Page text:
Derek Heron: [00:21:24] I think that covered a lot of information today.
Brent Haeseker: [00:21:27] We did so since we did cover a lot information again just to summarize: if you’ve got a logo, make sure you’ve got that in a good vector format.
Derek Heron: [00:21:41] What some logos don’t really handle like if you have a photograph in your logo you’re not going to be able to really put that vector certain parts of it can be a vector but then the photograph is not going to be a vector. In those situations if you are using a photograph in your logo. You want to create that is as high a resolution as you can to start with. But for the most part logos will be vectored.
Brent Haeseker: [00:22:00] Right 95 plus p ercent of the time you’re going to have vector format for your logo and you want to have that in probably an EPS or a PDF version. And if you also can get the original file like the AI file if it was done in Adobe Illustrator of that file and have a copy of that. Keep that copy. You can have it in your computer but also make sure you keep it off site like in the cloud somewhere on the CD that’s kept off site and treat that as a digital asset for your company really it’s an asset for your company so make sure you always have a version of that file that you can use for whatever types of advertising that you’re doing whether it’s with a web design company like us or anyone else. And then any photography that you’re doing make sure you’ve got it in a high quality JPEG format. You know the higher the better. And anyody who’s doing any web design work for you or any kind of graphic work for you putting together brochures for magazine ads or anything else like print work they’re always going to be asking for that really high quality JPEG.
Derek Heron: [00:23:11] And the good thing about if you have the high quality it can be used for everything. If you’re sitting there if you got one file that this be my web file this is going to be my print file then you’re going to have a bunch of files that then you’re at the store. But if you just send us or whoever the high resolution then we can make the adjustments.
Brent Haeseker: [00:23:31] And then when you’re doing a web site. We talked about the different different rendered file formats out there. GIF is going to work good for a logo in a lot of cases and animations. JPEGS are going to work well of course for any photography. PNGs are also going to work good for logos and occasionally for photography. Then PDF for anything that you want to be able to put on your website that you want to make printable for people or keep it in a similar format. And I think that probably covers the majority of what we are kind of talking about. So again don’t make a designer scan something off a piece of paper. Because they’re never going to get good quality off of that always make sure you’ve got digital files of all of your stuff.
Derek Heron: [00:24:24] And one thing that I did remember we get requests a lot of times “Hey my logo is already on my Web site. Can you use that?” Well sometimes yes sometimes no. It all depends on how it was put on your original website. Especially now days with the new response websites. We’re looking to use a lot larger logo files than some of the older Web sites. So if you have an older Web site that logo might be too small to use. It might be embedded in a background image. Then we would have to try to cut it out of the background image and then you might see some of that going through your new site. So if the logo is already on your site it might be able to be used for your new site but it would be better if we started with the high resolution file because then we can make it the optimal size needed for your new site.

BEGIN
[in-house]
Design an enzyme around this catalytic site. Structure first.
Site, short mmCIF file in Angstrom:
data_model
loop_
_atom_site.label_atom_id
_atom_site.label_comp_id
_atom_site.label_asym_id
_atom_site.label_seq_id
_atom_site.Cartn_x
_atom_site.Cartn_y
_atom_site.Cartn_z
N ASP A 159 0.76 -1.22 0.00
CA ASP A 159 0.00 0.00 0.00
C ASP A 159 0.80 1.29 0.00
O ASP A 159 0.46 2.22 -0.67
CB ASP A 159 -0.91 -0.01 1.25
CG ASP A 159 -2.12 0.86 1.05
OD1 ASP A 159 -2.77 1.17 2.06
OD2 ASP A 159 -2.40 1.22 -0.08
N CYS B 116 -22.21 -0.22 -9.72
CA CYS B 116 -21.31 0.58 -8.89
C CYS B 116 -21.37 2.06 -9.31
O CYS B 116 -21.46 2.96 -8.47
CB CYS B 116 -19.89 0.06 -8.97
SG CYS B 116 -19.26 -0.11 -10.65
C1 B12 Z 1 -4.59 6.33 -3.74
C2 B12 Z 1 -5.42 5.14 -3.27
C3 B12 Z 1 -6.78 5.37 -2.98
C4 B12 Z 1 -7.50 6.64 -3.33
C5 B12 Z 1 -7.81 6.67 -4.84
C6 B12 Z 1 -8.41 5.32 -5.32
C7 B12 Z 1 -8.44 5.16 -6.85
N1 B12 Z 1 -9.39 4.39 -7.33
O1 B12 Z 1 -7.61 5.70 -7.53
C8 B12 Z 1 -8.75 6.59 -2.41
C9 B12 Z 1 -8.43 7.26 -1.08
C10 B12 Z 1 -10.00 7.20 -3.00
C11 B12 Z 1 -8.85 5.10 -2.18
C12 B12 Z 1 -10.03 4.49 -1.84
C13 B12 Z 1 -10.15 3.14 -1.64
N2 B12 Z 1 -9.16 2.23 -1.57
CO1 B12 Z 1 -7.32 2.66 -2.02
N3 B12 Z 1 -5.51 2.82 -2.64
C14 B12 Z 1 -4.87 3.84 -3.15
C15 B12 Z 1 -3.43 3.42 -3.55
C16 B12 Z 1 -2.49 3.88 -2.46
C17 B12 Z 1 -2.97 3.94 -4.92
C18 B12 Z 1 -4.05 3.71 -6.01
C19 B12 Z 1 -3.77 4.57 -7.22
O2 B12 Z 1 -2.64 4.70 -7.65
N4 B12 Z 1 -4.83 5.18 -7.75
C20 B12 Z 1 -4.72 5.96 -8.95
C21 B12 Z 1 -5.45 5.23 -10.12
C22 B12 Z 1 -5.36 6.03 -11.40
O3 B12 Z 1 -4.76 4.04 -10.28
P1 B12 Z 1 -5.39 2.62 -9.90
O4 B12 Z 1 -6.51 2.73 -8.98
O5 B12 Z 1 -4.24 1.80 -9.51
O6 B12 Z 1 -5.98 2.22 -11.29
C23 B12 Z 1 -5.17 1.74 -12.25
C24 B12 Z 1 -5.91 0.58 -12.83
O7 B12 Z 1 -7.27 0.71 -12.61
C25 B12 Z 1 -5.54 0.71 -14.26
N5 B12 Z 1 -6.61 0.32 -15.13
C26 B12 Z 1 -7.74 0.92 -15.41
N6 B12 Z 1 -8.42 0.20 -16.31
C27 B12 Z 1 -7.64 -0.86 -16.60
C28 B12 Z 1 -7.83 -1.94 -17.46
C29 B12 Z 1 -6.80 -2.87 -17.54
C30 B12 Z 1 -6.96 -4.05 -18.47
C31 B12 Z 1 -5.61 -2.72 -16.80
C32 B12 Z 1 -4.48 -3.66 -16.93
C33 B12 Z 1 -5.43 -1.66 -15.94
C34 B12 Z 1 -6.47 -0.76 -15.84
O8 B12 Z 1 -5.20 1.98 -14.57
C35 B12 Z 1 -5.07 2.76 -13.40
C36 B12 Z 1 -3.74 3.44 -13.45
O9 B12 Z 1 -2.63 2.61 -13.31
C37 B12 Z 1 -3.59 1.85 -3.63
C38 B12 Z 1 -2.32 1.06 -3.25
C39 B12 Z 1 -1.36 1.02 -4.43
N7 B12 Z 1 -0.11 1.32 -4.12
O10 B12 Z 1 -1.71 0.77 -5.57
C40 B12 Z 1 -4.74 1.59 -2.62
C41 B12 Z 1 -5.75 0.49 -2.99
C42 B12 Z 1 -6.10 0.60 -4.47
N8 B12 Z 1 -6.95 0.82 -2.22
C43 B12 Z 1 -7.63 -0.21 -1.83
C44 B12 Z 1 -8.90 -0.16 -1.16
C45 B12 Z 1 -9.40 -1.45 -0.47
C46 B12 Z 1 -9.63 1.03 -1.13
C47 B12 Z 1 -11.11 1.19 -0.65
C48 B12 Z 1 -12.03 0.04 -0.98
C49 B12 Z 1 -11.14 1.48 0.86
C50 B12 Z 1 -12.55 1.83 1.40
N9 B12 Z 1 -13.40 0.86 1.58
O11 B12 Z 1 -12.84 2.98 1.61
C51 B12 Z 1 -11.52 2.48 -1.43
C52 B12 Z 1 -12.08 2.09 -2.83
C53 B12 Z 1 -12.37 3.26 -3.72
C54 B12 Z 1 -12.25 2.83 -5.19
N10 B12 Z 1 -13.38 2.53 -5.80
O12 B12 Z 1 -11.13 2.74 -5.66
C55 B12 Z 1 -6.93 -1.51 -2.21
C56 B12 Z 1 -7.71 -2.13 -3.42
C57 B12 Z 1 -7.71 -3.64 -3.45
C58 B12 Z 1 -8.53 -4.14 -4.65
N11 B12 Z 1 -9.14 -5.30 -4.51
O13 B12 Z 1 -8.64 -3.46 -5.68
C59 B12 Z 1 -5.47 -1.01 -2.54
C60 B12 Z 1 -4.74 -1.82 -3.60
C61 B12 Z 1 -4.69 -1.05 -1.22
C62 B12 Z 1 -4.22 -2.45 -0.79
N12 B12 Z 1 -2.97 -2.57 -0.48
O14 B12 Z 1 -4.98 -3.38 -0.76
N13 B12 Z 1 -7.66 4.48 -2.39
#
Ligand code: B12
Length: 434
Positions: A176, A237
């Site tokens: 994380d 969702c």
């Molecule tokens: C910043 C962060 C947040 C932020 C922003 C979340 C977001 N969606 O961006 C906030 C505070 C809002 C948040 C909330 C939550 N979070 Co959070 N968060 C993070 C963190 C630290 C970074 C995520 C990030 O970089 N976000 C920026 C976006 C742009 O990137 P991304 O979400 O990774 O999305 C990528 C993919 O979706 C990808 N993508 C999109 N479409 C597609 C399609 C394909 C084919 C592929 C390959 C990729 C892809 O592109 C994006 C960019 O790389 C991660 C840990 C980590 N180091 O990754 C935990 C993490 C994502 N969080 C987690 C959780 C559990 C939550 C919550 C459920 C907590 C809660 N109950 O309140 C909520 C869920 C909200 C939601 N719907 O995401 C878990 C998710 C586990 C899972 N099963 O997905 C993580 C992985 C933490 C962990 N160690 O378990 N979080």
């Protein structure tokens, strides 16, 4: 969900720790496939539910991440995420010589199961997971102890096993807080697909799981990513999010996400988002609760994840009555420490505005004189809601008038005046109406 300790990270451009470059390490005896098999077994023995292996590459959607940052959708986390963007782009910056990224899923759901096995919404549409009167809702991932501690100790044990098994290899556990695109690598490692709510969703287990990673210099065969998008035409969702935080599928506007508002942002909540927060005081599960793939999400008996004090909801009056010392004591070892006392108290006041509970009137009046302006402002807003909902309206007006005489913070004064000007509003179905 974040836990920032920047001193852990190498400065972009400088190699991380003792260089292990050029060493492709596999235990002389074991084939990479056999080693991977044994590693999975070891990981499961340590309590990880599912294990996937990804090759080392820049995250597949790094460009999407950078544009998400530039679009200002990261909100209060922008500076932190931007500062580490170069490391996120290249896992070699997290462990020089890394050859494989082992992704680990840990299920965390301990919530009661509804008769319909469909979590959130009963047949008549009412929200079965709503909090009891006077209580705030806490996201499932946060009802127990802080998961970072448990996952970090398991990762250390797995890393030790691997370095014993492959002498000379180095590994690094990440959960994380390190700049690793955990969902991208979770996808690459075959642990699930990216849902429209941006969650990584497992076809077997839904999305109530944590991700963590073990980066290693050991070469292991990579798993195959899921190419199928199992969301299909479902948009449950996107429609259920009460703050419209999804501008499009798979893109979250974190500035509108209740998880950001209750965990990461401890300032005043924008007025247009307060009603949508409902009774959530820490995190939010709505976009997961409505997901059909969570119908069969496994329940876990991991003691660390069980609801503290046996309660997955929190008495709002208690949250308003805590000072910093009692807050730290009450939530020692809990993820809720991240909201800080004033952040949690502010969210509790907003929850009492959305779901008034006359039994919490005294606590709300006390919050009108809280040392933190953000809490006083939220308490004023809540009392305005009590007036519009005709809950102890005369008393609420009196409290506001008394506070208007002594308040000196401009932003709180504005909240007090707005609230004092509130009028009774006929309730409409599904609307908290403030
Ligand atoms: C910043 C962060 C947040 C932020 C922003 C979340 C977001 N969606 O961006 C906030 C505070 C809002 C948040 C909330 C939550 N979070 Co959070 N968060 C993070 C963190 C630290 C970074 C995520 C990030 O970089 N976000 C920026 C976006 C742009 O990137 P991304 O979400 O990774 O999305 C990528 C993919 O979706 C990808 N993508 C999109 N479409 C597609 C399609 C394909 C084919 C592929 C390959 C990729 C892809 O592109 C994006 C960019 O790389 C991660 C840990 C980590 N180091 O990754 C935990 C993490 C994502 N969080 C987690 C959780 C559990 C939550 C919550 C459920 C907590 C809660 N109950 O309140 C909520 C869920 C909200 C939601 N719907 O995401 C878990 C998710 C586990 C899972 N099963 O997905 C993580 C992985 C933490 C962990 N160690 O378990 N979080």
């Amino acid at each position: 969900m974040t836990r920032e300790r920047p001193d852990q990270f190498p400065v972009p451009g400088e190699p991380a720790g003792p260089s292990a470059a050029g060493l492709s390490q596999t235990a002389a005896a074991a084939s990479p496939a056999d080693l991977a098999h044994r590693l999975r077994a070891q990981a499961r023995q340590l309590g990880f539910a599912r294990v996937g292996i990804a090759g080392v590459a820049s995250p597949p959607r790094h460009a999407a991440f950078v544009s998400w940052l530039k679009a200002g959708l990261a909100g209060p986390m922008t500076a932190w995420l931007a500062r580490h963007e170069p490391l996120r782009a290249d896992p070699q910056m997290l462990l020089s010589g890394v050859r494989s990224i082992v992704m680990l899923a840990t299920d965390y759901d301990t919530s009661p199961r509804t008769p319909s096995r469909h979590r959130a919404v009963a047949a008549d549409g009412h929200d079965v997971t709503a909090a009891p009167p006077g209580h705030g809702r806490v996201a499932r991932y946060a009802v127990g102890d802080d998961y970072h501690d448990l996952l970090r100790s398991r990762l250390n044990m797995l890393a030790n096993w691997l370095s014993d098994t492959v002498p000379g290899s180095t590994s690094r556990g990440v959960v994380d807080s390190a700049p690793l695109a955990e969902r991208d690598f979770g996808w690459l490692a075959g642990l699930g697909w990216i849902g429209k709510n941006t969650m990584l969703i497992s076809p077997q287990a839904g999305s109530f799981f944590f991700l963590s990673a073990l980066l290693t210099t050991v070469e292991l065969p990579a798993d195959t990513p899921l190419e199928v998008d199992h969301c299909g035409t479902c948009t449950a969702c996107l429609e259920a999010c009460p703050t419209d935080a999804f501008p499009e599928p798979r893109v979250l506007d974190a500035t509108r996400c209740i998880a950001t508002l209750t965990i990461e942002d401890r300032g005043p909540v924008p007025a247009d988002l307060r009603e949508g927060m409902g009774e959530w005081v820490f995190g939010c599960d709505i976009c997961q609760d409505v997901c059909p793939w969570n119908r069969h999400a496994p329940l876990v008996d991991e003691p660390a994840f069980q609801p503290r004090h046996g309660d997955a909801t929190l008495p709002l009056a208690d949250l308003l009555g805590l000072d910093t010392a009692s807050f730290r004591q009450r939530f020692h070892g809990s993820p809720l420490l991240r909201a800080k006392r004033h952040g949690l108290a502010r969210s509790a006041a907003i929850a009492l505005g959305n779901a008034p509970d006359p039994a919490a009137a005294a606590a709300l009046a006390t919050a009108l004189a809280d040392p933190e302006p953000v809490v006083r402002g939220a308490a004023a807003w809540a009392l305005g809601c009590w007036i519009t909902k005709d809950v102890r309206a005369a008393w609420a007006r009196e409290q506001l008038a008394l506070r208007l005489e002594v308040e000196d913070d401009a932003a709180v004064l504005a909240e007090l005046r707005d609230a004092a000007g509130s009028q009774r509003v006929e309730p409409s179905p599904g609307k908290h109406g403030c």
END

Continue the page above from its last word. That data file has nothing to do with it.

Brent Haeseker: [00:25:15] Exactly. Good point. So yeah with your current site, it might be in a different file format. It might be a JPEG that has a fade behind it where they were trying to match another graphic on the site. Now we get that image file from you that we are expected to use on your Web site to put on it. Now we’re using a completely different background color. Now we’ve got that fade on there. We’ve got to take it out. And it can look a lot cleaner and better if we start from the original crisp and clear.
Derek Heron: [00:25:46] You’re going to get a better product if you start with the high resolution.
Brent Haeseker: [00:25:48] Exactly. Exactly. So production files are the original files that we can work from. And then create those rendered files that we then put on your Web site the production files is always what we’re going to work from the rendered files or the final output that we then use for your site. But any time we need to make changes or do something new we always want to go back to those original production files start with those fresh files. Sounds good. Sounds good. All right great. Hey thanks so much for watching. And stay tuned for other videos that we’re going to be doing here. And again thank you. We both thank you. Have a great day. We’ll talk to you soon. Bye.